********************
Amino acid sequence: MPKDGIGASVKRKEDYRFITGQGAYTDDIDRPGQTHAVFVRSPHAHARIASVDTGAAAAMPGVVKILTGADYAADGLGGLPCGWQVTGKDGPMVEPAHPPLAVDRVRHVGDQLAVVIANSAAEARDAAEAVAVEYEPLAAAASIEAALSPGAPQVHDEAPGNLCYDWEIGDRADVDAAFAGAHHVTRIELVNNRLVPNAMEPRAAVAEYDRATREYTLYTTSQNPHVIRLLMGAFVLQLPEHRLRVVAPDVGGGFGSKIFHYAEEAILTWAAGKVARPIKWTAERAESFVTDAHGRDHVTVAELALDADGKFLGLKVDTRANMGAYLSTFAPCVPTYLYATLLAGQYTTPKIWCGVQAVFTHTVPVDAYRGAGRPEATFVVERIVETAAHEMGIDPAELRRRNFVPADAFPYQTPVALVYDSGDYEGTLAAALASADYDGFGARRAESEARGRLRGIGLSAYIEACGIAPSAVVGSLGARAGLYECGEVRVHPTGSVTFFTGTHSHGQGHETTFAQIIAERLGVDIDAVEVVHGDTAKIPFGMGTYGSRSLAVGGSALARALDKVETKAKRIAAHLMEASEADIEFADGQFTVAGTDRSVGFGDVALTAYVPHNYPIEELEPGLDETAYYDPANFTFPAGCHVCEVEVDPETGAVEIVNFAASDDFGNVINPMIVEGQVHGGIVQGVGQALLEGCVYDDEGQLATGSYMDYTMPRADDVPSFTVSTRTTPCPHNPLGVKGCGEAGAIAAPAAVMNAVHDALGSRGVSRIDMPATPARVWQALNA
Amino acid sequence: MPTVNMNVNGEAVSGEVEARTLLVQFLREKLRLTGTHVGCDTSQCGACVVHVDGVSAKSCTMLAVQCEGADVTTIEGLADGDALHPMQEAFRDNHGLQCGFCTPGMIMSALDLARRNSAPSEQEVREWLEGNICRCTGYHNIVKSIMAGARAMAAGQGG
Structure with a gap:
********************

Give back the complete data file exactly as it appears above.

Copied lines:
Amino acid sequence: MPKDGIGASVKRKEDYRFITGQGAYTDDIDRPGQTHAVFVRSPHAHARIASVDTGAAAAMPGVVKILTGADYAADGLGGLPCGWQVTGKDGPMVEPAHPPLAVDRVRHVGDQLAVVIANSAAEARDAAEAVAVEYEPLAAAASIEAALSPGAPQVHDEAPGNLCYDWEIGDRADVDAAFAGAHHVTRIELVNNRLVPNAMEPRAAVAEYDRATREYTLYTTSQNPHVIRLLMGAFVLQLPEHRLRVVAPDVGGGFGSKIFHYAEEAILTWAAGKVARPIKWTAERAESFVTDAHGRDHVTVAELALDADGKFLGLKVDTRANMGAYLSTFAPCVPTYLYATLLAGQYTTPKIWCGVQAVFTHTVPVDAYRGAGRPEATFVVERIVETAAHEMGIDPAELRRRNFVPADAFPYQTPVALVYDSGDYEGTLAAALASADYDGFGARRAESEARGRLRGIGLSAYIEACGIAPSAVVGSLGARAGLYECGEVRVHPTGSVTFFTGTHSHGQGHETTFAQIIAERLGVDIDAVEVVHGDTAKIPFGMGTYGSRSLAVGGSALARALDKVETKAKRIAAHLMEASEADIEFADGQFTVAGTDRSVGFGDVALTAYVPHNYPIEELEPGLDETAYYDPANFTFPAGCHVCEVEVDPETGAVEIVNFAASDDFGNVINPMIVEGQVHGGIVQGVGQALLEGCVYDDEGQLATGSYMDYTMPRADDVPSFTVSTRTTPCPHNPLGVKGCGEAGAIAAPAAVMNAVHDALGSRGVSRIDMPATPARVWQALNA
Amino acid sequence: MPTVNMNVNGEAVSGEVEARTLLVQFLREKLRLTGTHVGCDTSQCGACVVHVDGVSAKSCTMLAVQCEGADVTTIEGLADGDALHPMQEAFRDNHGLQCGFCTPGMIMSALDLARRNSAPSEQEVREWLEGNICRCTGYHNIVKSIMAGARAMAAGQGG
Structure with a gap: